Posts Tagged ‘growing up’

camera blackDear Lyla,
I must confess, school was difficult for me when I was young. The subjects I studied did not cause distress, rather the feeling that I never quite fit in was the cause of much anxiety. Often I felt like an observer, instead of an active participant in my life. High school was particularly brutal for me socially and emotionally; though perhaps those around me never would have guessed that was the case. We did not have social media back then, and for that I am somewhat grateful. Back then my world was very small, I had no idea how varied the human experience truly is. All I knew is that when it was time to leave high school I would never look back. For the most part, that is still true. I do not lament missing high school reunions nor do I feel a pull northward when homecoming season is in full bloom. However, with the advent of social media, I have been curious as to what happened to those who walked the halls of adolescence with me all those years ago. As you know, storytelling runs through my veins and my curiosity for new methods of communicating the narrative is endless. Although the written word and still photography are like old friends, film’s siren song is calling and I must answer. While you will always be my muse, ghosts from the past have been whispering. Social media has given me a glimpse into how the lives of old school mates might have taken shape, but online repositories are charlatans and convey only what we want others to see. Viewing sanitized profiles creates a haze and numbness around memories of teen angst and bruised feelings. In some measure it has been soothing to reconnect to those I left over 20 years ago. I admit to feeling surprised at some of the paths that my peers have taken, where they ended up and with whom. One journey that holds particular interest belongs to a man named Chris, he goes by the name “King” now and lives in San Francisco. I have been most intrigued by his story. How does a young man from a town of less than 200 from northern Minnesota end up becoming a cultural fixture in the Castro district? What is his story? How has he shaped and been shaped by others? Does he feel the pull of the past or does he live contentedly in the present? What will the story I tell about him reveal about me? These are questions that will soon be explored Little One. In less than two weeks I am going to see the King and listen to his tale. I am not sure what will happen when our narratives collide in the filmmaking process. What I do know is, when the time is right, each of us will have a story to share.

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lyla smile bwDear Lyla,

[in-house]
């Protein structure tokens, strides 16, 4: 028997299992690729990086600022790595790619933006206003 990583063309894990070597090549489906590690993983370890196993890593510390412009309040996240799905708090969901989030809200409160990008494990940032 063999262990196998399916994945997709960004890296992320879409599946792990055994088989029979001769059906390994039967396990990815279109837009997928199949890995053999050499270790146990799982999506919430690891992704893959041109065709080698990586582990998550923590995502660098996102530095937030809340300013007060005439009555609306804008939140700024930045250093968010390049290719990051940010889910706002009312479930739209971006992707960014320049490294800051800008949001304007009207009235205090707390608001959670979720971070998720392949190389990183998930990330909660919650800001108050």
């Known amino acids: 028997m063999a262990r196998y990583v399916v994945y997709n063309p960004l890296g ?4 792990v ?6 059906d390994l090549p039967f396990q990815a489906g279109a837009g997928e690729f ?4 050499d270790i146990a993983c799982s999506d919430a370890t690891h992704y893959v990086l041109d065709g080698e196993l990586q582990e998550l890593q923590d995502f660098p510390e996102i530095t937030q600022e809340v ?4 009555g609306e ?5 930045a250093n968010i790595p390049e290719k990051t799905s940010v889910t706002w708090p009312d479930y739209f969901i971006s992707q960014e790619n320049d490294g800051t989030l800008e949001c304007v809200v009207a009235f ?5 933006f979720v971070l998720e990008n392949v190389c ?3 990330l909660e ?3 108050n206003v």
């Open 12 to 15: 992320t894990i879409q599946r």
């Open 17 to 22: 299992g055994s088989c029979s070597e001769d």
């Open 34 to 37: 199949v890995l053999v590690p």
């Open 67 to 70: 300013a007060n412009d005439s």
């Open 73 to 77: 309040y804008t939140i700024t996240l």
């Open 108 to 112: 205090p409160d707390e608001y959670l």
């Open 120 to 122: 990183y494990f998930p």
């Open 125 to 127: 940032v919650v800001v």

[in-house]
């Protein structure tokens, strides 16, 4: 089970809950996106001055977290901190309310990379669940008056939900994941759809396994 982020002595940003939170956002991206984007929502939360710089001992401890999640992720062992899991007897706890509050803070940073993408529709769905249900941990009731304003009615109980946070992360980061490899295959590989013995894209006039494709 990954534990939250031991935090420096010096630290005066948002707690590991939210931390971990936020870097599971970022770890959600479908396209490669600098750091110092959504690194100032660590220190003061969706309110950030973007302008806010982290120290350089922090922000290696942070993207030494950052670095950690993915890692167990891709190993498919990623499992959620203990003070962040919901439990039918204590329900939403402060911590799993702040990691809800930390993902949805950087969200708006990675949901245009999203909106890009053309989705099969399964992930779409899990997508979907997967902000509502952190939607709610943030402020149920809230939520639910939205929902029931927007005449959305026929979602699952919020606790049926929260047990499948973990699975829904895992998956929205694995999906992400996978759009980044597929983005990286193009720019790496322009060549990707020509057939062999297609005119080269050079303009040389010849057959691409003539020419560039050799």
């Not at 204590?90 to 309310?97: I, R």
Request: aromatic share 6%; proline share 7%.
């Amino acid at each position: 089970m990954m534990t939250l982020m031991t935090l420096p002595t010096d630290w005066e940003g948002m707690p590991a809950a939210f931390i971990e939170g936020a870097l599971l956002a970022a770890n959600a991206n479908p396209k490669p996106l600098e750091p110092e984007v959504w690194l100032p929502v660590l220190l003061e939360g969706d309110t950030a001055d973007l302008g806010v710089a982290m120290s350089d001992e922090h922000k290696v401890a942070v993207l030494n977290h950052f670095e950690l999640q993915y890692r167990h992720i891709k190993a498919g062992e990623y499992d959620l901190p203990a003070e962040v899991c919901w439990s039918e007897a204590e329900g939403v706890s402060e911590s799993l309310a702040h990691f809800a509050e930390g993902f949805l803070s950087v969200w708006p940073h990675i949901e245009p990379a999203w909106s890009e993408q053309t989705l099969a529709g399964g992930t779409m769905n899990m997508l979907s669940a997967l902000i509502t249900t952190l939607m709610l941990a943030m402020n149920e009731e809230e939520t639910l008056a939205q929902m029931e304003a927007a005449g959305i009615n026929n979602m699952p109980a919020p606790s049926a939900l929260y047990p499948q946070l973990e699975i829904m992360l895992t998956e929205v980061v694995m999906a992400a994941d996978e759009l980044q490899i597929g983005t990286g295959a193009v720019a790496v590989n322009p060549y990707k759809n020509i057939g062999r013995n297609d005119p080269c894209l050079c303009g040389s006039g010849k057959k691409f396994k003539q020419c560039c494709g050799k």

When you are young it seems like the adults in your life think they know what is best for you; and often that is true. With age comes experience, with experience comes wisdom and with wisdom comes the ability to predict outcomes based on observed variables and past outcomes. I know that it can seem horribly cruel and unfair sometimes when adults dismiss the intuition of a child; nevertheless it is done out of love and no parent survives child rearing without making an error or two. I am positive that on more than one occasion as a young child I stomped my feet, stuck out my lower lip and declared that my parents hated me, were unfair  and I might as well pack a bag and move out. For the life of me I cannot recall with any certainty more than one or two instances where I had felt truly wronged and misunderstood by my parents. However, one such breach of trust in my gut instincts by my parents is forever burned in my memory and it is the first recollection I have that my parents were not immune to making mistakes themselves. I was nine years old and it was summertime on Ottertail Lake. I had become enamored with nature’s creatures and my mother had become quite accustomed to the strays I would bring home (dogs, ducks and chipmunks just to name a few). Up until the sunny day on which this particular tale plays out, I never received a great deal of resistance from my parents when I brought injured wild animals home to nurse. I was particularly delighted to see that a turtle had dug a nest to lay her eggs in the ditch next to the county road in our back yard. Mama turtle had been out and about for a couple of weeks and had always confined her travels to the patch of prairie grass between the ditch and the lake; she steered clear of the road which was busy with tourists during the summer months. One afternoon I went out to check on her and to my horror she was in the middle of the road. I sprinted back to the house and breathlessly begged my mom and dad to help me get her back to the ditch. You see she was a very large turtle, a snapping turtle, and I knew it was dangerous for me to approach her. I also understood that she could be run over, or worse, caught and turned into turtle soup! To their credit my parents came outside to see how dire the situation truly was. Mama turtle was almost to the other side of the road and my parents felt that since she only had a few feet left to go that it would be in her best interest not to disturb her journey. In my heart I knew they were wrong. I felt my chest tighten and my respirations rapidly increase as I begged them to do something. I told them I had a gut feeling that something would go wrong; that she wouldn’t make it back to the safety of the tall grasses of the ditch. A few moments later a truck came speeding down the road and I was terrified that the truck would hit her; Grandma said not to worry that the truck would see her and slow down.  Grandma was right, the truck slowed down to avoid hitting her. Not only did the truck slow down, it came to a complete stop; at which time a man got out of the truck picked up the mammoth turtle and put it in the back of his truck. I knew that this man did not intend to release her into a more appropriate habitat; I understood that turtle meat from a female this size could feed a family for a few days. While I was no stranger to the realities of country living and livestock, I could not bring myself to accept her fate as being a part of the natural order of things; and I could not help but blame my parents in being complicit in her demise. It is a rite of passage Little One, the moment where the veil has been lifted and you no longer see your parents as infallible and omniscient; and it is rite we must all partake of.  On that day I felt my own mortality, not because the turtle met an untimely fate, because I understood that my parents were human and not beyond the reach of the cruel realities of the world we live in. In that moment I was filled with fear, uncertainty and sadness because somehow, at the tender age of nine, I realized that this day marked the beginning of the end of my childhood. Little One someday the age of innocence will end for you; I don’t know when and I don’t know how. I do know that it can be scary and a bit overwhelming. I want to share with you something that I wish I knew then; to understand the fallibility of human nature, and to accept it, is essential in creating a caring and compassionate human being. Thankfully, you are much wiser and more intuitive now than when I was your age. While I already mourn the day you will meet the sunset of your tender years; I am quite certain that when your time comes you will deal with the revelations gracefully, compassionately and wisely.